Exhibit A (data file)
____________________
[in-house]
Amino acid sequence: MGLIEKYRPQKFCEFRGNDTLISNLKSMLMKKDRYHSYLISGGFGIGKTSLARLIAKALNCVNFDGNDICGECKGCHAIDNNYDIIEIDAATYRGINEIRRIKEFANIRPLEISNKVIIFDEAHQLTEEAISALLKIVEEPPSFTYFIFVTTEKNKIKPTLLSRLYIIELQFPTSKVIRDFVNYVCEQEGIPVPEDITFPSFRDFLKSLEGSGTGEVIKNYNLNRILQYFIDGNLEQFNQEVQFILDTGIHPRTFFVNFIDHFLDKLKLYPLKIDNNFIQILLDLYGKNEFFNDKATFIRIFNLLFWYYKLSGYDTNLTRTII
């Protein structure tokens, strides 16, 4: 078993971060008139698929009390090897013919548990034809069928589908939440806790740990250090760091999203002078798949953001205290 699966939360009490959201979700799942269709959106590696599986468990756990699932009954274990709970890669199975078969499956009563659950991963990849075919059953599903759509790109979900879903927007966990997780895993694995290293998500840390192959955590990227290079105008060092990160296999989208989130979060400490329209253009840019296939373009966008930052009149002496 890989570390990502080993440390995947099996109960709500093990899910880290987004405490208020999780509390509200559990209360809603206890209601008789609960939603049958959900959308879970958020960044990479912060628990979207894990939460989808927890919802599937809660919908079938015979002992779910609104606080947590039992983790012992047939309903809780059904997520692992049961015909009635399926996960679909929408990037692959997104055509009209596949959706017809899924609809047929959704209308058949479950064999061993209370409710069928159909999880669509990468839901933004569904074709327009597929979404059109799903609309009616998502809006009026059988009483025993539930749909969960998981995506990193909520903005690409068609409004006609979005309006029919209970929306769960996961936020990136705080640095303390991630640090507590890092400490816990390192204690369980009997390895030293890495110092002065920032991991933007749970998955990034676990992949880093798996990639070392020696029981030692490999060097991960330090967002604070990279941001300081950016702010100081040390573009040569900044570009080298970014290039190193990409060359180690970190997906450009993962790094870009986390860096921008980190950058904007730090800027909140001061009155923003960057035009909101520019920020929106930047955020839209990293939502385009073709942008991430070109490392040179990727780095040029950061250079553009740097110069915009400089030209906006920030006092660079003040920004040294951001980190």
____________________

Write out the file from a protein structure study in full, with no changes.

[in-house]
Amino acid sequence: MGLIEKYRPQKFCEFRGNDTLISNLKSMLMKKDRYHSYLISGGFGIGKTSLARLIAKALNCVNFDGNDICGECKGCHAIDNNYDIIEIDAATYRGINEIRRIKEFANIRPLEISNKVIIFDEAHQLTEEAISALLKIVEEPPSFTYFIFVTTEKNKIKPTLLSRLYIIELQFPTSKVIRDFVNYVCEQEGIPVPEDITFPSFRDFLKSLEGSGTGEVIKNYNLNRILQYFIDGNLEQFNQEVQFILDTGIHPRTFFVNFIDHFLDKLKLYPLKIDNNFIQILLDLYGKNEFFNDKATFIRIFNLLFWYYKLSGYDTNLTRTII
């Protein structure tokens, strides 16, 4: 078993971060008139698929009390090897013919548990034809069928589908939440806790740990250090760091999203002078798949953001205290 699966939360009490959201979700799942269709959106590696599986468990756990699932009954274990709970890669199975078969499956009563659950991963990849075919059953599903759509790109979900879903927007966990997780895993694995290293998500840390192959955590990227290079105008060092990160296999989208989130979060400490329209253009840019296939373009966008930052009149002496 890989570390990502080993440390995947099996109960709500093990899910880290987004405490208020999780509390509200559990209360809603206890209601008789609960939603049958959900959308879970958020960044990479912060628990979207894990939460989808927890919802599937809660919908079938015979002992779910609104606080947590039992983790012992047939309903809780059904997520692992049961015909009635399926996960679909929408990037692959997104055509009209596949959706017809899924609809047929959704209308058949479950064999061993209370409710069928159909999880669509990468839901933004569904074709327009597929979404059109799903609309009616998502809006009026059988009483025993539930749909969960998981995506990193909520903005690409068609409004006609979005309006029919209970929306769960996961936020990136705080640095303390991630640090507590890092400490816990390192204690369980009997390895030293890495110092002065920032991991933007749970998955990034676990992949880093798996990639070392020696029981030692490999060097991960330090967002604070990279941001300081950016702010100081040390573009040569900044570009080298970014290039190193990409060359180690970190997906450009993962790094870009986390860096921008980190950058904007730090800027909140001061009155923003960057035009909101520019920020929106930047955020839209990293939502385009073709942008991430070109490392040179990727780095040029950061250079553009740097110069915009400089030209906006920030006092660079003040920004040294951001980190």